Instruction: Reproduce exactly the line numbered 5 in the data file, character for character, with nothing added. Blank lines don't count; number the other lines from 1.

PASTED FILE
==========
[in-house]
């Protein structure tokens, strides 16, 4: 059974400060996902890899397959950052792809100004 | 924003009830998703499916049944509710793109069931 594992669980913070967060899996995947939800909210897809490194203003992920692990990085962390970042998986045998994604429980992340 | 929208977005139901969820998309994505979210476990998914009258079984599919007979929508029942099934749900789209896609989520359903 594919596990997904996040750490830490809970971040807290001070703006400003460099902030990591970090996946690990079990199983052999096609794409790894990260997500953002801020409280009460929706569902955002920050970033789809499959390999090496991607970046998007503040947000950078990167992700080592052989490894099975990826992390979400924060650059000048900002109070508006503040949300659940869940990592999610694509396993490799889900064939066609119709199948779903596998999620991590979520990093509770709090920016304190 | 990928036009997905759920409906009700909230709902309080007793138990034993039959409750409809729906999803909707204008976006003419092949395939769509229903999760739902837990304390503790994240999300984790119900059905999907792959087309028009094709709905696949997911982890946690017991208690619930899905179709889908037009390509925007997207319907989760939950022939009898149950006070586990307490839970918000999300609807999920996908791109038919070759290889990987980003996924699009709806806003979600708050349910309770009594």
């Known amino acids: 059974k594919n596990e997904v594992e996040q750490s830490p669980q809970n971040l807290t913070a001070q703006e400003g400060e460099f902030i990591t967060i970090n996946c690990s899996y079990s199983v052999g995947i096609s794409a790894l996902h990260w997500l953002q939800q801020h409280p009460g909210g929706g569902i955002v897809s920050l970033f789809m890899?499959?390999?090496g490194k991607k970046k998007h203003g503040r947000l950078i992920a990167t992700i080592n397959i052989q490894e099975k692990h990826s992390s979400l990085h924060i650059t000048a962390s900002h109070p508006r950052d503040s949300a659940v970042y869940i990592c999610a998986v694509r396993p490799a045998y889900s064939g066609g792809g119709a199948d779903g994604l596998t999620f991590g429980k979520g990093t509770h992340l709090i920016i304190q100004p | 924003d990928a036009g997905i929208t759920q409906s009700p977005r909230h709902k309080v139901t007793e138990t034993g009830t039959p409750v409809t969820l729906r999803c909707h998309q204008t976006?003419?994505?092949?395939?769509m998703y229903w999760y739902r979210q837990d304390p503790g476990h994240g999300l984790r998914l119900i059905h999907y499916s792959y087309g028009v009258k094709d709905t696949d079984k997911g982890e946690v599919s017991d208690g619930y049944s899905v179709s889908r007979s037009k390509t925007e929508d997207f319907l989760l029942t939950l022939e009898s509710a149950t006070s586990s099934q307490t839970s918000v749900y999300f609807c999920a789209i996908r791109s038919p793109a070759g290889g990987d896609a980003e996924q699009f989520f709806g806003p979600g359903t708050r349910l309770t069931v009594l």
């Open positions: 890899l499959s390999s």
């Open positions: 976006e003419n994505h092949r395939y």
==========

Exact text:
């Open positions: 976006e003419n994505h092949r395939y």